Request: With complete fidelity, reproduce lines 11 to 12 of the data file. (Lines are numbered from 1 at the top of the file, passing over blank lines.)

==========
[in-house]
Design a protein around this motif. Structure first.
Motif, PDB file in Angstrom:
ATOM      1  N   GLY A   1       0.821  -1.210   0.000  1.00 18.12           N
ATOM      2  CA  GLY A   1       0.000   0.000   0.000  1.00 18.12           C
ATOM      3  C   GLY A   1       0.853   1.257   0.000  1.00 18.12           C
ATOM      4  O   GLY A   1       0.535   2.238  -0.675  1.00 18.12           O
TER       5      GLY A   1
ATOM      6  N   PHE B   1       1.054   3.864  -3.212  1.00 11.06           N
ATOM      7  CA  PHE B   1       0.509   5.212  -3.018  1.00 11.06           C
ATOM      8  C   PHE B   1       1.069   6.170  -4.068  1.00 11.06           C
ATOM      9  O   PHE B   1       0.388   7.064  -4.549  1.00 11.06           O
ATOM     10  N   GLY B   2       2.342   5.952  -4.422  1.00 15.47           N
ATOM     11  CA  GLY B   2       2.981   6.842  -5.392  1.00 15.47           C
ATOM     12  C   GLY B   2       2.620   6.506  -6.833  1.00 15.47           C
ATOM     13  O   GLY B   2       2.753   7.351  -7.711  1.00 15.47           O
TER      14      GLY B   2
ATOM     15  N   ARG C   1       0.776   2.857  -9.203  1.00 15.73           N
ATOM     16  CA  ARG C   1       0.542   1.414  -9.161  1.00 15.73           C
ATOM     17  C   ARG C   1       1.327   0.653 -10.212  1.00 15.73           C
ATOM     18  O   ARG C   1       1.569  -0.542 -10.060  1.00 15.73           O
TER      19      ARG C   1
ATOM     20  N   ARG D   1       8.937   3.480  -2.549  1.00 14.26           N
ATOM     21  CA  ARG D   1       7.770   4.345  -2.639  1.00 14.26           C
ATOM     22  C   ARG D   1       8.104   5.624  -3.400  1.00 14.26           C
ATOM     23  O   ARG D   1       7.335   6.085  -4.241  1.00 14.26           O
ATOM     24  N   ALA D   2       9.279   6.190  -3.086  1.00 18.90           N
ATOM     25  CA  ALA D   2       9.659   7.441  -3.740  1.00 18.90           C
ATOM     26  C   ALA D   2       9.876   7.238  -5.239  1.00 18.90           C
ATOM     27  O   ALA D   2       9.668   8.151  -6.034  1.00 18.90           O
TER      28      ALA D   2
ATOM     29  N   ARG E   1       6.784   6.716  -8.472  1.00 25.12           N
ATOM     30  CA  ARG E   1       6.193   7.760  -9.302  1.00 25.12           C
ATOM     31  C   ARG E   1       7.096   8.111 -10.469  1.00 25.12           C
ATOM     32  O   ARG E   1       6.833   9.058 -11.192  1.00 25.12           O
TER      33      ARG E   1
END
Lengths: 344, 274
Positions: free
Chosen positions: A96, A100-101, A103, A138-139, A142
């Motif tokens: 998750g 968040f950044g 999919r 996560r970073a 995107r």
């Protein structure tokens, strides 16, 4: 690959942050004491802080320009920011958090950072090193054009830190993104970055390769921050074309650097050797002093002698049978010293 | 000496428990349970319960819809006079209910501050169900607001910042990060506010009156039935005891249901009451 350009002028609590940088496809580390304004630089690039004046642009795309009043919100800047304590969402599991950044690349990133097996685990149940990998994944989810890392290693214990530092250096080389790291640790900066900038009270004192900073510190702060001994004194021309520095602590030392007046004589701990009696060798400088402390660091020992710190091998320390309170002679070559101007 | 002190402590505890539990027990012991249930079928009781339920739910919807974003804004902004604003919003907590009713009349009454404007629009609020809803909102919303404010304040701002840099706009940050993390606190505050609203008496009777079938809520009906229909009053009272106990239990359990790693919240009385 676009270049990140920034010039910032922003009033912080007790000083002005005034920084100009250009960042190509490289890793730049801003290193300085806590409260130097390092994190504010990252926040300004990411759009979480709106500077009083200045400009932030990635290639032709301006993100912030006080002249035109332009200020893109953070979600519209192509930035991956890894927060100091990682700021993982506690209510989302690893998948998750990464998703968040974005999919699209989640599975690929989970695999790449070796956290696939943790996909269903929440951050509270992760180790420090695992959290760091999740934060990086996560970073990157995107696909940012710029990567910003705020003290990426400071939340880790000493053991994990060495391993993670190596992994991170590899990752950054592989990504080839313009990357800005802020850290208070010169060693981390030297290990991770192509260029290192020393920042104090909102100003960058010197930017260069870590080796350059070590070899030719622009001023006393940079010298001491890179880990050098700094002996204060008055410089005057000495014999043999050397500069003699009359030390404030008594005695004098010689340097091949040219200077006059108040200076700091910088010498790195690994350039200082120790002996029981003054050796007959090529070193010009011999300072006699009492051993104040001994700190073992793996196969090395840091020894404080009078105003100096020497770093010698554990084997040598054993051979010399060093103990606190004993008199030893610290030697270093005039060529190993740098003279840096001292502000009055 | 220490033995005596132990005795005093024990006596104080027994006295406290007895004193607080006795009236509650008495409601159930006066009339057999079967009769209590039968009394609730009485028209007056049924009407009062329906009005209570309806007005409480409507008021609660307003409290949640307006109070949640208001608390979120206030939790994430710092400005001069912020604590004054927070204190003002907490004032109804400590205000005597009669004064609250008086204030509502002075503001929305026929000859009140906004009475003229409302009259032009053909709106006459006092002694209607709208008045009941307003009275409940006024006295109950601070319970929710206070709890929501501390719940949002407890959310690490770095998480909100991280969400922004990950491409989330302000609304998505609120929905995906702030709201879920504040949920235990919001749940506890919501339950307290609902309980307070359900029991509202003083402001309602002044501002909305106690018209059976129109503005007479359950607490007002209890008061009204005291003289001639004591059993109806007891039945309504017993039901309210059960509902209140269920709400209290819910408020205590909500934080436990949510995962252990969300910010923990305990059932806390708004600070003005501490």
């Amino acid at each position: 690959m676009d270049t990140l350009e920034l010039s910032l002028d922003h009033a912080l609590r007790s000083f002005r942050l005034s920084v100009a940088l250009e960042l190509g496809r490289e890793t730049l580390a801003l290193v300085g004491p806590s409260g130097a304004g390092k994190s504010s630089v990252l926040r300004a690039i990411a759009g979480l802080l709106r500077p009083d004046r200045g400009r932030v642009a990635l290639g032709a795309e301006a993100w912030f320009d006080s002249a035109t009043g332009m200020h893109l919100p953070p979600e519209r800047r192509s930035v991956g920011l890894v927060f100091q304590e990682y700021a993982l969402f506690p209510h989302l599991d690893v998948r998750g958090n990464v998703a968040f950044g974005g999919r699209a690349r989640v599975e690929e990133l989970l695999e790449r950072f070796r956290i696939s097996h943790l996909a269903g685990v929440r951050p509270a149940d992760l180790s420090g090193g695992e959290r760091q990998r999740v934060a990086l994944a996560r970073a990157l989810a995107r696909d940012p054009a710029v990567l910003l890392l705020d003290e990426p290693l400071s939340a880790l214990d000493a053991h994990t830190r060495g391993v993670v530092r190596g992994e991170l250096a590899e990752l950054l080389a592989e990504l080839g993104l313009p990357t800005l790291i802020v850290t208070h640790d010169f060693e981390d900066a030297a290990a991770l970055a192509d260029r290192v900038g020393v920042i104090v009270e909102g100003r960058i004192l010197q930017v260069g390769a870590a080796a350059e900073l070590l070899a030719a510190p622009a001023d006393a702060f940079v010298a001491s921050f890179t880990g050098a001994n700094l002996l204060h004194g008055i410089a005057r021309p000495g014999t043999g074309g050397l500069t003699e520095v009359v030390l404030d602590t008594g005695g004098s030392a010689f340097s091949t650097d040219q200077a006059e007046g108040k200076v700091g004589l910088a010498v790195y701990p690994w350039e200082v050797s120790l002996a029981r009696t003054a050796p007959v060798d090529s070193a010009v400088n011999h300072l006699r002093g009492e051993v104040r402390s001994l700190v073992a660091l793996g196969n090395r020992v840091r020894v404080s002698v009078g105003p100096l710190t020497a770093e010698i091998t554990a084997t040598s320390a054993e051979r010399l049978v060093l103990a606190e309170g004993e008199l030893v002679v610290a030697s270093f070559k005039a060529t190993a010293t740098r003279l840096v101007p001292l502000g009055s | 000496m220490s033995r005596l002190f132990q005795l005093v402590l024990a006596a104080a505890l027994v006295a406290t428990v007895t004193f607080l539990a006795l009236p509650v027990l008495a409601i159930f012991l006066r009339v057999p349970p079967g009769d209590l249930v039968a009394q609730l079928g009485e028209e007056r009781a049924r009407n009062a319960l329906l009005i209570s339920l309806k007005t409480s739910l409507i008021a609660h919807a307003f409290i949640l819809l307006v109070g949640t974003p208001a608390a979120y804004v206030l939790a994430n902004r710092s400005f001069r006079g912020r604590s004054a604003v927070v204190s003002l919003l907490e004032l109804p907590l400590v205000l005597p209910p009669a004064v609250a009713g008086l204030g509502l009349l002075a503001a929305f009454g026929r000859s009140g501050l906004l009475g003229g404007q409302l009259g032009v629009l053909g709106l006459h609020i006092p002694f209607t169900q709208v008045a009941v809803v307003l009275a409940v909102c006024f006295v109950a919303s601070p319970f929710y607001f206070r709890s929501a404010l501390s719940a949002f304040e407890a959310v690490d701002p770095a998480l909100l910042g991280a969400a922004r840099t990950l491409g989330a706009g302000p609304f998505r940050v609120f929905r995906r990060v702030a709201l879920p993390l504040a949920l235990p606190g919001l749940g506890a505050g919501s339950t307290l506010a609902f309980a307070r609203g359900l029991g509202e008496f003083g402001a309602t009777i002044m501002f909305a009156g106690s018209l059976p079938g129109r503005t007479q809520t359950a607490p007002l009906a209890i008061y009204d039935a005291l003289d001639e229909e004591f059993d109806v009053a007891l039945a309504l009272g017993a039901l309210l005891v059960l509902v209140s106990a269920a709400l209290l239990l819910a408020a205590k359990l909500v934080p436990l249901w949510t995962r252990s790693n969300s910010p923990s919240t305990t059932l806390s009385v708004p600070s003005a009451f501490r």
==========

ATOM      8  C   PHE B   1       1.069   6.170  -4.068  1.00 11.06           C
ATOM      9  O   PHE B   1       0.388   7.064  -4.549  1.00 11.06           O